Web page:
The Breaks (song)

"The Breaks" is a 1980 single by American rapper Kurtis Blow from his self-titled debut album. It peaked at #87 on the Billboard Hot 100.[3] It was the first certified gold rap song, and the second certified gold 12 inch single in the history of music.[citation needed] In 2008, the song ranked #10 on VH1's 100 Greatest Hip-Hop Songs. [4]

"The Breaks"
Kurtis Blow - The Breaks.jpg
12" single cover
Single by Kurtis Blow
from the album Kurtis Blow
B-side"The Breaks" (Instrumental/Do It Yourself)
ReleasedJune 14, 1980[1]
GenreOld school hip hop
Songwriter(s)Kurtis Blow, Robert Ford Jr., James B. Moore, Russell Simmons, Larry Smith
Producer(s)J.B. Moore, Robert Ford Jr.
Kurtis Blow singles chronology
"Christmas Rappin'"
"The Breaks"
"Hard Times"
Audio sample
"The Breaks"

Lyrics and structureEdit

"The Breaks" repeats the word "break" (or any of its homophones) eighty-four times over six and a half minutes. It features six breakdowns (seven including the outro) while there are three definitions for "break," "to break" or "brakes" used in the lyrics. Unlike most hip-hop songs which sample prerecorded funk, the funk beat in this song is original (contrary to suggestions that it sampled "Long Train Runnin'" by The Doobie Brothers).


The single hit #87 on the U.S. Billboard Hot 100, #4 on the U.S. Billboard R&B chart,[5] and #9 on the U.S. Billboard dance chart.[6]


It sold over 500,000 copies, becoming only the second 12-inch single to earn a gold certification from the RIAA, following "No More Tears (Enough Is Enough)" by Barbra Streisand and Donna Summer.[7][8]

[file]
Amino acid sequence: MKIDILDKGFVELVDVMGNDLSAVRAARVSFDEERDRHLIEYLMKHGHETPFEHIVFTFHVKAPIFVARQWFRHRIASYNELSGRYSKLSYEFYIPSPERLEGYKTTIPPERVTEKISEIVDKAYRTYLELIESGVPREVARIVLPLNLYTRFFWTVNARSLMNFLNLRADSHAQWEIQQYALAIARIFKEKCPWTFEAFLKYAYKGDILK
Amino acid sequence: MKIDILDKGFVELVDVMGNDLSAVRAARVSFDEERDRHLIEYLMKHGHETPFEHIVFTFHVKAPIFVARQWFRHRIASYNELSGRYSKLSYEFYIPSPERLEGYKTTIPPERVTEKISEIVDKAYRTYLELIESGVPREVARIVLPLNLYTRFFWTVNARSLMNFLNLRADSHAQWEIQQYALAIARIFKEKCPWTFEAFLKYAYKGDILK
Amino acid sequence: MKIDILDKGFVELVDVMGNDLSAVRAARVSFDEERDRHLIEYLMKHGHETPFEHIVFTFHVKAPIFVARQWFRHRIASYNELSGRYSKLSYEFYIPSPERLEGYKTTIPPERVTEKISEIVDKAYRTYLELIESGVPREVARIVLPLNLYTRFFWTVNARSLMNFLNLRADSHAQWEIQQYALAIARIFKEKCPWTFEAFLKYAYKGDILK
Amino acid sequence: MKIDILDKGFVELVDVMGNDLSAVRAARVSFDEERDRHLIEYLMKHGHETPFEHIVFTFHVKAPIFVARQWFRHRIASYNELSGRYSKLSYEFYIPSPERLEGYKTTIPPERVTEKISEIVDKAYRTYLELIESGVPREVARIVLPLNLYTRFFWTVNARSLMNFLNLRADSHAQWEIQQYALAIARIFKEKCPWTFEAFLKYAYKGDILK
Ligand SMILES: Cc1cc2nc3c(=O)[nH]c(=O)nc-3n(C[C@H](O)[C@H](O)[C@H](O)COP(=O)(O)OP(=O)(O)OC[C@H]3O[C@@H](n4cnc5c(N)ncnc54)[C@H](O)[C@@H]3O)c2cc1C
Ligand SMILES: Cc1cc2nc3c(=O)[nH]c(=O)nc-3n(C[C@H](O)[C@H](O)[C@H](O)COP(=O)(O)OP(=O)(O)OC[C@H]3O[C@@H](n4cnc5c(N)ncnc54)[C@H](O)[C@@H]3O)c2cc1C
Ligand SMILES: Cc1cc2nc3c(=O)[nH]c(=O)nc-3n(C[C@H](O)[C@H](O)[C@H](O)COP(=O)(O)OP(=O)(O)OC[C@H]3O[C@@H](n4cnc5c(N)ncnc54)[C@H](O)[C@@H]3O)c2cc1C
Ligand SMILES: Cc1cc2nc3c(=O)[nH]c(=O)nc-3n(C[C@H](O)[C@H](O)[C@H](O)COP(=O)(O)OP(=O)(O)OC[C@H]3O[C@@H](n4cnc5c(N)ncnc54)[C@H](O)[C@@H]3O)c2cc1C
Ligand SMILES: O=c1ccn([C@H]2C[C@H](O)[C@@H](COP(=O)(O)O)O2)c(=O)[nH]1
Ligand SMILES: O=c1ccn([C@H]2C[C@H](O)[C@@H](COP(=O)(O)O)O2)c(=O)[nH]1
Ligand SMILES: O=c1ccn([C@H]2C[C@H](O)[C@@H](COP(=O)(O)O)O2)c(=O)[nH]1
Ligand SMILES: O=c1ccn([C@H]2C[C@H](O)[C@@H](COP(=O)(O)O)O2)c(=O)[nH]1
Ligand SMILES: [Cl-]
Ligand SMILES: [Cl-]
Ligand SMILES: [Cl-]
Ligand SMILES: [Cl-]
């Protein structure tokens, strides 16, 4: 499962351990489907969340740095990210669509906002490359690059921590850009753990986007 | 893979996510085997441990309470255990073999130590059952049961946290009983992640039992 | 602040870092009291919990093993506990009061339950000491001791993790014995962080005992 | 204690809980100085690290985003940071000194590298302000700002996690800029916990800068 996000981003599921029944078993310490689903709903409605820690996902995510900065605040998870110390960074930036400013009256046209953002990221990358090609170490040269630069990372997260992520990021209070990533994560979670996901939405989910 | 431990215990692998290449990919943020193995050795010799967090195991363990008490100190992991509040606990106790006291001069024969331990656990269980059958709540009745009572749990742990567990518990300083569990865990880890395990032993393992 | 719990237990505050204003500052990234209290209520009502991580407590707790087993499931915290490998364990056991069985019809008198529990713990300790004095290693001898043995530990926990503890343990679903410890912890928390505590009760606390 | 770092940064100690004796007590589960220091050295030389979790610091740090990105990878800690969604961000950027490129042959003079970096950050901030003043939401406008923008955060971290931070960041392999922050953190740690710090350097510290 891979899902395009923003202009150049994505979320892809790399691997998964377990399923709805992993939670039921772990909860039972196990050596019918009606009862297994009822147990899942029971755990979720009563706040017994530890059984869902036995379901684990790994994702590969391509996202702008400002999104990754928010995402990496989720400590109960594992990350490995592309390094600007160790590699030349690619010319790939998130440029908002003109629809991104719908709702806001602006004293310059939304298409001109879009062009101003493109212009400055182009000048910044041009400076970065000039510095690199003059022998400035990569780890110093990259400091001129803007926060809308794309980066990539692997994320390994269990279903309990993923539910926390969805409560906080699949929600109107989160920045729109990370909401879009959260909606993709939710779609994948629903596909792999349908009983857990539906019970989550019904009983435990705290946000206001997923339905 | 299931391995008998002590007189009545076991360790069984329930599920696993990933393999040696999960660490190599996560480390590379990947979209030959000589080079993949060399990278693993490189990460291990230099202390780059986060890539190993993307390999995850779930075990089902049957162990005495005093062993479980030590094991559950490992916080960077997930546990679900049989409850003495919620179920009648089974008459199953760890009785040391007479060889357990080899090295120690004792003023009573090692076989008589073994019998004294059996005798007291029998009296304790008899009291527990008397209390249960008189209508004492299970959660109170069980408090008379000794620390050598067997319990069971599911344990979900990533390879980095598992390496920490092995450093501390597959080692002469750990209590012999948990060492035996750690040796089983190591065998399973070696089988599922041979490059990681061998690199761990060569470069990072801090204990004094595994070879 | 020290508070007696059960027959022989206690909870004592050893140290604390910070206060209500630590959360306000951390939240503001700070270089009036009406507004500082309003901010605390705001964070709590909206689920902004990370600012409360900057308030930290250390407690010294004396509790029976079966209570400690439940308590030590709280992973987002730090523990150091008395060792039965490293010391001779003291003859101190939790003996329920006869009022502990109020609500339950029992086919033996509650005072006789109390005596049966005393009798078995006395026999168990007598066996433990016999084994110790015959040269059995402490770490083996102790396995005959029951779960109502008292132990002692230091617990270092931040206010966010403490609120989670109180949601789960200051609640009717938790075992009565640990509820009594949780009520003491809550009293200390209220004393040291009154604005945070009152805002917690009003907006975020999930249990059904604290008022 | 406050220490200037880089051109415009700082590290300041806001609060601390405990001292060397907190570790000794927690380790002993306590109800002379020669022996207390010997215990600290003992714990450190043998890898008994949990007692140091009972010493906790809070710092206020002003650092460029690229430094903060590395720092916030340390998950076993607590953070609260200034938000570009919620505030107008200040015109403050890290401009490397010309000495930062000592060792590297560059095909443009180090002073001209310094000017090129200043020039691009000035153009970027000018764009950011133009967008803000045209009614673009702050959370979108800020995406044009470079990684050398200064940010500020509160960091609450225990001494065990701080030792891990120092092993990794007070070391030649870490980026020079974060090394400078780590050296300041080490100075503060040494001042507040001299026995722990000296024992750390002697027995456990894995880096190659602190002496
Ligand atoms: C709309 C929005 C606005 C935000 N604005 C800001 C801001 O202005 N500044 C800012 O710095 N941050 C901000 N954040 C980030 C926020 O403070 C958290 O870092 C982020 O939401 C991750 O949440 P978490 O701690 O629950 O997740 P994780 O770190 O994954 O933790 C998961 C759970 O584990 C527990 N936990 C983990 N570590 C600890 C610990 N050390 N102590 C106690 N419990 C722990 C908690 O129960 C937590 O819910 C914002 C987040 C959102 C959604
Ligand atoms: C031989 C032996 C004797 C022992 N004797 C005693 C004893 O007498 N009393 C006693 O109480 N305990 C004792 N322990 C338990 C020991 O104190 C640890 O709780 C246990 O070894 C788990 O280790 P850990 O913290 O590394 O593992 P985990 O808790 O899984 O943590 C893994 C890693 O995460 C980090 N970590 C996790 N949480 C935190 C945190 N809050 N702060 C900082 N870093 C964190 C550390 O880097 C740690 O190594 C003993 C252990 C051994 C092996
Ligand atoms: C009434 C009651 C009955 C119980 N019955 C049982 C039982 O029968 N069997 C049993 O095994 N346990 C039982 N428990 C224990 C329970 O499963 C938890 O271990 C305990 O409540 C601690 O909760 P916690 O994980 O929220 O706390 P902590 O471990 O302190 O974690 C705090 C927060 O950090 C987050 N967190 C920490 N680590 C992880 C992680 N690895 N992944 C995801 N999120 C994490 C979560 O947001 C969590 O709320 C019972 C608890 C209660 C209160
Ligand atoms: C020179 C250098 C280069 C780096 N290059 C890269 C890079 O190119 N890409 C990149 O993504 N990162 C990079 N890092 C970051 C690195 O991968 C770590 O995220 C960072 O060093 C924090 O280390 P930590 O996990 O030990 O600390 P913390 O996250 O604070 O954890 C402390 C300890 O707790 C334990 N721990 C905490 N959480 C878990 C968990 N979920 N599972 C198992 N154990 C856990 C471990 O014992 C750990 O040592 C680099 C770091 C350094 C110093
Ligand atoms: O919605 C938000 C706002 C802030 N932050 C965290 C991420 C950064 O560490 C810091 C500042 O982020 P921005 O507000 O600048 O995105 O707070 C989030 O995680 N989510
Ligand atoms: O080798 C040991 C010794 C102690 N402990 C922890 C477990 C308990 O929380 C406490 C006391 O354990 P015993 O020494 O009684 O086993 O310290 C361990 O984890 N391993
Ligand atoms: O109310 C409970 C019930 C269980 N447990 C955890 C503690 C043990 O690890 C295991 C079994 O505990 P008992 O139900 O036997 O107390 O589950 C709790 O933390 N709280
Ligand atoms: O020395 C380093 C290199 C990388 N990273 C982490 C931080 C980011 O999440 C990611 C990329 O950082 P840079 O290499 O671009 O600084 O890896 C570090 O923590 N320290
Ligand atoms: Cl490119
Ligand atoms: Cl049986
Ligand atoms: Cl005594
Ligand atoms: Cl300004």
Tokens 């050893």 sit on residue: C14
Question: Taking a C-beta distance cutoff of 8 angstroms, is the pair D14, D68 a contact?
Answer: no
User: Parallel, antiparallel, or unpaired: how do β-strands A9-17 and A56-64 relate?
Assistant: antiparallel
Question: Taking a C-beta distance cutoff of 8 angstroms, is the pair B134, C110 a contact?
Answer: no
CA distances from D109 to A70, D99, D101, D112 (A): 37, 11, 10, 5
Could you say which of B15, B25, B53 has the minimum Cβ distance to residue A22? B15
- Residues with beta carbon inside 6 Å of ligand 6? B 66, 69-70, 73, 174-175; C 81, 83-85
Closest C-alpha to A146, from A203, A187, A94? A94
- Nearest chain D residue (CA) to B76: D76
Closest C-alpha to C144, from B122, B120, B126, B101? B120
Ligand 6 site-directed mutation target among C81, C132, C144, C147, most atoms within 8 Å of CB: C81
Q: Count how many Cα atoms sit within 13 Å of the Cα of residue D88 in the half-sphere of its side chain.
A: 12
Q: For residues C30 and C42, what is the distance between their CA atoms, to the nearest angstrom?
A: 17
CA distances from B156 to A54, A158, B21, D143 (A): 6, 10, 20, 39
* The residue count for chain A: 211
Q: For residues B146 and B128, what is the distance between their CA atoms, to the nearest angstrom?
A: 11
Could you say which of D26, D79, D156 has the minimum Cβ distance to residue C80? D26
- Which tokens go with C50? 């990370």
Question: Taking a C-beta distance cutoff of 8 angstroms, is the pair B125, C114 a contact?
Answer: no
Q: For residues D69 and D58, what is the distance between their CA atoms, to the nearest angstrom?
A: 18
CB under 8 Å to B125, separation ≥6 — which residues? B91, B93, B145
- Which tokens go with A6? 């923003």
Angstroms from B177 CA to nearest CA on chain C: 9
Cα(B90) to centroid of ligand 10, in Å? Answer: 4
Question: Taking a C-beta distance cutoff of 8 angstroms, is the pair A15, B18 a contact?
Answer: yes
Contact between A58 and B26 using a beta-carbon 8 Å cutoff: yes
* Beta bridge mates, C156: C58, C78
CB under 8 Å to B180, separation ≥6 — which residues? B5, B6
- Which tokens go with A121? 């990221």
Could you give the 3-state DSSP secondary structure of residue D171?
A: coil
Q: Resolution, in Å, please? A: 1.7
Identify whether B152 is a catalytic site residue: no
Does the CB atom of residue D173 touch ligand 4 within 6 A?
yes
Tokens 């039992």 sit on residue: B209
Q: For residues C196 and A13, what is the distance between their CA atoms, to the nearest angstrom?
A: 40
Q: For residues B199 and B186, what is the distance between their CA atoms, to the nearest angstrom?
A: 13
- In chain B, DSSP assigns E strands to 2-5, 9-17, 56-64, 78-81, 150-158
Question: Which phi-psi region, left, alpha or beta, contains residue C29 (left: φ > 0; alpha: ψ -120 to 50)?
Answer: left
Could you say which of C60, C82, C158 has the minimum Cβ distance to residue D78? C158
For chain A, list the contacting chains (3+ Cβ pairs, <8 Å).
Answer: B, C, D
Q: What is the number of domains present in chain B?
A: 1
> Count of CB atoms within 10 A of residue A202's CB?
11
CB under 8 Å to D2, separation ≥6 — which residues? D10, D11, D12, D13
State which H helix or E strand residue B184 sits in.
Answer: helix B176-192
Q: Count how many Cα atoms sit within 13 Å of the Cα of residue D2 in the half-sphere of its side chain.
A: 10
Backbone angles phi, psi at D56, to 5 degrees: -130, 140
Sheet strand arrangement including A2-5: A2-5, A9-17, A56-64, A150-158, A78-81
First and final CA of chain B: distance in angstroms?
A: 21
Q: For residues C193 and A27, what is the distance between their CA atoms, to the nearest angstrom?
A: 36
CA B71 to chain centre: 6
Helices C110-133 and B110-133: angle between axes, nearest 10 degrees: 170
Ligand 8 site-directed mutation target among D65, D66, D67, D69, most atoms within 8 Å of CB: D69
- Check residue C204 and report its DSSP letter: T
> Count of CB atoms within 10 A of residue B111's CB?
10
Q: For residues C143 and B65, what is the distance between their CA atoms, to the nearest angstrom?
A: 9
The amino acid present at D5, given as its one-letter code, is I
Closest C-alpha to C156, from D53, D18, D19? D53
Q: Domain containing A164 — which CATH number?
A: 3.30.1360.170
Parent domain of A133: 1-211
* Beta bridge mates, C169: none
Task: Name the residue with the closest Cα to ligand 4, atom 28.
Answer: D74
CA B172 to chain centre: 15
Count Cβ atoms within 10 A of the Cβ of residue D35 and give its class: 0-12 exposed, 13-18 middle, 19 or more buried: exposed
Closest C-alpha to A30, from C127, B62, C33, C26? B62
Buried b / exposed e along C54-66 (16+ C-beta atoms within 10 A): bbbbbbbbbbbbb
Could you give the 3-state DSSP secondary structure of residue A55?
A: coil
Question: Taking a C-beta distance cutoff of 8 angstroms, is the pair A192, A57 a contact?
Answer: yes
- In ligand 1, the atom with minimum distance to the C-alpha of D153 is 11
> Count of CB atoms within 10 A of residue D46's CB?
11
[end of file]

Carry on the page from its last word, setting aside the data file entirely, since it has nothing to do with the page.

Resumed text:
The song has also featured in few games: the 2002 game Grand Theft Auto: Vice City on the fictional in-game radio station "Wildstyle", the 2005 game True Crime: New York City, the 2006 game Scarface: The World Is Yours and 2011 Kinect game Dance Central 2.


It has been sampled by others, including the background beat being used in Organized Rhyme's song "Check The O.R." and the 2005 reggaeton single, "Chacarron Macarron" by El Chombo

The female rap group Nadanuf remade the song alongside Kurtis Blow on their 1997 album Worldwide.[9] Blow re-recorded the song on the album Tricka Technology by A Skillz and Krafty Kuts.


  1. ^ Steve Sullivan (2017-05-17). "Encyclopedia of Great Popular Song Recordings, Volume 3". Rowman & Littlefield. Retrieved 2019-12-05.
  2. ^ "Key Tracks: Kurtis Blow's Self-Titled Debut Album". Red Bull Music Academy. 2015-12-07. Retrieved 2019-12-05.
  3. ^ "Kurtis Blow - Chart history | Billboard". Retrieved 2015-07-01.
  4. ^ "VH1's 100 Greatest Hip-Hop Songs". Retrieved 2010-05-08.
  5. ^ Whitburn, Joel (2004). Top R&B/Hip-Hop Singles: 1942-2004. Record Research. p. 67.
  6. ^ Whitburn, Joel (2004). Hot Dance/Disco: 1974-2003. Record Research. p. 37.
  7. ^ George, Nelson (1988). The Death of Rhythm & Blues. New York, NY: Pantheon Books. p. 191. ISBN 0142004081. Retrieved June 16, 2015.
  8. ^ Grein, Paul (August 10, 1985). "Hot Madonna: July Fills Her Coffers With RIAA Metal". Billboard. Billboard Publications, Inc. 97 (32): 1. ISSN 0006-2510. Retrieved June 16, 2015.
  9. ^ " - Worldwide". Retrieved 2007-07-11.